Last Saturday, 2-7-2015, the annual Richmond, VA Frost Fest took place at the Richmond International Raceway (RIR) complex. It was one of the best ham fests I have attended in years. There were a lot of national vendors as well as some regional ones. They had a good set of speakers including the inventor of APRS, Bob Bruninga (WB4APR), and the current ARRL President Kay Craigie (N3KN). I found some great deals for myself and had the opportunity to meet and talk with Bob Bruninga. He is a pretty sharp guy and a real asset to the hobby.
Over the last two decades ham fests all over the country have been downsizing or disappearing altogether. What was very encouraging about the 2015 Richmond Frost Fest was that it was packed almost as soon as the doors opened. It took me almost two and a half hours to get from one side of the exhibit hall to the other. I also found some great deals. Which I have not had time to play with yet. There were many hams from all over the mid-Atlantic region at this ham fest. It was certainly very encouraging to see all of the people that were there.
The Amateur Radio hobby is seeing a resurgence. However it seems that the same people who are spearheading the major ham events are same guys who were my Elmers when I was a young ham. They are getting older and it is my generation, the 30-40 somethings (20 somethings too for that matter), that need to step up and offer to carry the torch. Bob Bruninga did many awesome things for the hobby over the last three decades and continues to innovate today. Where are the Bob Bruninga’s of my generation? I can’t think of anyone in my age group that has made that kind of impact on the hobby or even has the potential to do so.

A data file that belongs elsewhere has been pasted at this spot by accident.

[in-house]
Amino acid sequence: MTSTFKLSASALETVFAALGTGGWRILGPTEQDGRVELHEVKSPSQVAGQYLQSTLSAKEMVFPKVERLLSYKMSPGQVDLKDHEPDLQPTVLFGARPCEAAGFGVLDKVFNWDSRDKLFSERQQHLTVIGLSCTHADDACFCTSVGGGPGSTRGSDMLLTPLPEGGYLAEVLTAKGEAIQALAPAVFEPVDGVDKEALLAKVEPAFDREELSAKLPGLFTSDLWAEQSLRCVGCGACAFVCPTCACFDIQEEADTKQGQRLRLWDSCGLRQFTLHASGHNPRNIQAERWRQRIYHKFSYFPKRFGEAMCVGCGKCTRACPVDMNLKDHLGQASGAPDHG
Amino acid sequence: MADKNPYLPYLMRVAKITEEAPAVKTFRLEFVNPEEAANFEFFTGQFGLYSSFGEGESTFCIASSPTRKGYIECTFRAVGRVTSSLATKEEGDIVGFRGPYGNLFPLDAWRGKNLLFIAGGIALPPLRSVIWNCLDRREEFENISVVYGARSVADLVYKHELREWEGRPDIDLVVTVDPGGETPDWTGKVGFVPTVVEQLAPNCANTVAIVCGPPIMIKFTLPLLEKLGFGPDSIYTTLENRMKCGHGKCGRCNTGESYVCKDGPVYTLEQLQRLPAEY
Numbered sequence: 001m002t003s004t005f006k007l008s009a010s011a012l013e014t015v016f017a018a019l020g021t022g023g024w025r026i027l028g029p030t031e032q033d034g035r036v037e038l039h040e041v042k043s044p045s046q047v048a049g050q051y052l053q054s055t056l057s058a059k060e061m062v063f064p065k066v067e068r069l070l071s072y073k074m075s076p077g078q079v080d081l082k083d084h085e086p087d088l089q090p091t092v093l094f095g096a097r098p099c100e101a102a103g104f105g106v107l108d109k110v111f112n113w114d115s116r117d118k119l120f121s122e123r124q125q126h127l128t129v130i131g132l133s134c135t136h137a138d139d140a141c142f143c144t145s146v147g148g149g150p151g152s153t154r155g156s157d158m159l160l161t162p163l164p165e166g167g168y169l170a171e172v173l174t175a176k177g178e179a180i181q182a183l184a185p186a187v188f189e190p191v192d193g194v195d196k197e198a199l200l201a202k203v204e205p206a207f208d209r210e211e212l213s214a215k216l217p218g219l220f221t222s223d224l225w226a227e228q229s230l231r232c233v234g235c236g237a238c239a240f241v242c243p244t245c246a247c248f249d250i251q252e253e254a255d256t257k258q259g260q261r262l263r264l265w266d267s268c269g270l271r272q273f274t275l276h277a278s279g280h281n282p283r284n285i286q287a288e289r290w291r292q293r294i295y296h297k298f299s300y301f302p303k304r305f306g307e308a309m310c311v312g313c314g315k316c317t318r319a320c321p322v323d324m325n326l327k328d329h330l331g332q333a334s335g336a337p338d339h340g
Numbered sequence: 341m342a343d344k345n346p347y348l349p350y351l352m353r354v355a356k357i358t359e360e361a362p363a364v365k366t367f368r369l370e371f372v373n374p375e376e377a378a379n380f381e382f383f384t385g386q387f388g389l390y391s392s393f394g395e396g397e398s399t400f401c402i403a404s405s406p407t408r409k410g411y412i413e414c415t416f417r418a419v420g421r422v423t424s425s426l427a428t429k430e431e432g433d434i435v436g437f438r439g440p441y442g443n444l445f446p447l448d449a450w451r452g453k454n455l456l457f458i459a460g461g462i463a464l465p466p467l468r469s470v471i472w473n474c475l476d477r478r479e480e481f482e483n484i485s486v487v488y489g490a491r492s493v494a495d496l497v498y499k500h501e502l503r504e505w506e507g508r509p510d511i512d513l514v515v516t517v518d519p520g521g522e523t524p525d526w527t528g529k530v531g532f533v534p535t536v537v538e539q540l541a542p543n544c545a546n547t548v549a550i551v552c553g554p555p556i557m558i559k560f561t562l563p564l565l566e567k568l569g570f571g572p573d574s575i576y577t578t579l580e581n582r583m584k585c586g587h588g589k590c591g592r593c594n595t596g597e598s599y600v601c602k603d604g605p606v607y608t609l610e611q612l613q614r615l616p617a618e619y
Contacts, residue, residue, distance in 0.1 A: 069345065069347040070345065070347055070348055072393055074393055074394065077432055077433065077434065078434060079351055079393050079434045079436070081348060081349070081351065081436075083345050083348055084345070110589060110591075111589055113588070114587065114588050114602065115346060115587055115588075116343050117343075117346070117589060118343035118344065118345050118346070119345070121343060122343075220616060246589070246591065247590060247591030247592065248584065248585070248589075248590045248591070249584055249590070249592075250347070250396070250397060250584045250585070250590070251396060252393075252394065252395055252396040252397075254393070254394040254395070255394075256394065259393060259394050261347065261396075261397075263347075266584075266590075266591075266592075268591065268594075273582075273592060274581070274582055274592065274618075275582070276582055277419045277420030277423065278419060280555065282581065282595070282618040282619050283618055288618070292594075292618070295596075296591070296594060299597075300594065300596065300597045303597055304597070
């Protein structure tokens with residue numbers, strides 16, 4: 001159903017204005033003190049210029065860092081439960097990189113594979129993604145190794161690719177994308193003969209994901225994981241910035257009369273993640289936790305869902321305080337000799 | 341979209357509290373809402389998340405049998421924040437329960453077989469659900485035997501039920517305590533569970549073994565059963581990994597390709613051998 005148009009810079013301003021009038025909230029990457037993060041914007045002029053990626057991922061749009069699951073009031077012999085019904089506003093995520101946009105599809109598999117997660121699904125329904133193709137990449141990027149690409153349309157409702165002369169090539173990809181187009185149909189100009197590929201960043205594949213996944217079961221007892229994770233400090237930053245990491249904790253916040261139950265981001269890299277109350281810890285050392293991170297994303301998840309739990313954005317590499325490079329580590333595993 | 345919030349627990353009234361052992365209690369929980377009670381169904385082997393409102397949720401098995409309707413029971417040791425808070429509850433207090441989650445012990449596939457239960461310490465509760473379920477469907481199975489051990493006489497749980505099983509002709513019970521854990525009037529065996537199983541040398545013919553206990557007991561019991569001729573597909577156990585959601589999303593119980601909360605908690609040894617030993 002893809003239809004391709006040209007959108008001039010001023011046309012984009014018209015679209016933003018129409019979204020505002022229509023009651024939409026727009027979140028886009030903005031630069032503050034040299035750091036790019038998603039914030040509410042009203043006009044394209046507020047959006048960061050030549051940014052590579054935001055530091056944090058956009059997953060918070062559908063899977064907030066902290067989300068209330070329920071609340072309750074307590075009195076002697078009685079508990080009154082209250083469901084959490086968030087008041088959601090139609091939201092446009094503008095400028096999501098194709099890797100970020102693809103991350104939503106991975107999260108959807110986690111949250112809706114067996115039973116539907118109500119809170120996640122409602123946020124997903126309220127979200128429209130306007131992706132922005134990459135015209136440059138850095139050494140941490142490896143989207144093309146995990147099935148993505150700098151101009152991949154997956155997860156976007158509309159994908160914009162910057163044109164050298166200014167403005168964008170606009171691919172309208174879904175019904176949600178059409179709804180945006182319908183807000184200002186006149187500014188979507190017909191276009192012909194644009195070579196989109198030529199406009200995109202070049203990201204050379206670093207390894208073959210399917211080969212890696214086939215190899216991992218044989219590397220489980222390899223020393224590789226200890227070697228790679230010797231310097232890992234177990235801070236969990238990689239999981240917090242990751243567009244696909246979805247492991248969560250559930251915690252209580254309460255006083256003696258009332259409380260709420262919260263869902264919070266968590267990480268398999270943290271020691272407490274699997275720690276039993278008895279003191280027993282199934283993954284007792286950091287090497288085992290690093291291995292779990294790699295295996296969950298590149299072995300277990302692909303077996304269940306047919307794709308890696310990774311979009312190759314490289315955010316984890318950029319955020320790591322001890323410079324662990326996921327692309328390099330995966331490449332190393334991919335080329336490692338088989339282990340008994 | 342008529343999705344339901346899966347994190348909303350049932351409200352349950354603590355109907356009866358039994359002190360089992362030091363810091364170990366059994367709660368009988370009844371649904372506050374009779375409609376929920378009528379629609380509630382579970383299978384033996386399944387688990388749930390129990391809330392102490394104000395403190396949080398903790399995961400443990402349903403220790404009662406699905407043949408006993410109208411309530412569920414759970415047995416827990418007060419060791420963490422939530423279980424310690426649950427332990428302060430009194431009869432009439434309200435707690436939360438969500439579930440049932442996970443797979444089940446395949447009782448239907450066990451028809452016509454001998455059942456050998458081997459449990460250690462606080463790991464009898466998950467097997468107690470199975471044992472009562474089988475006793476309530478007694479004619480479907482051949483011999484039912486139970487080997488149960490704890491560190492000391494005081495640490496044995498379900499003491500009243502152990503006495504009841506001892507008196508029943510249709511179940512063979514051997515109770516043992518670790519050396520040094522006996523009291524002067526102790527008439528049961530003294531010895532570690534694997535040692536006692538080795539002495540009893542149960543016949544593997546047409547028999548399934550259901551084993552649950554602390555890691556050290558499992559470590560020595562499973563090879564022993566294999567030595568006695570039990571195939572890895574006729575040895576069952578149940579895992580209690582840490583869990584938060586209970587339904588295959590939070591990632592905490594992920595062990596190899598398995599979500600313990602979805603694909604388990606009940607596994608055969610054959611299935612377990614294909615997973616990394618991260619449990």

If Amateur Radio is to continue we need people of all ages to step up and take leadership and mentor ship roles. When I was a teenager the hobby made an impact on my life. It lead me to the path that my professional careers would take. Some say that ham radio is a dying hobby. I don’t believe that it is true. However, those who are involved in the hobby today need to innovate to attract continued interest and involvement. If we don’t act the hobby will fade away. Corporations are eager for our spectrum and the QRM is getting louder thanks to the same technological advancements that bring us sub $50 Dual Band HT’s. Hams still impact the community and its citizens for good every day. The only question left to ask yourself is, “What kind of impact am I going to make with Ham Radio today and for the generations to come?”
Pictures From Frost Fest 2015
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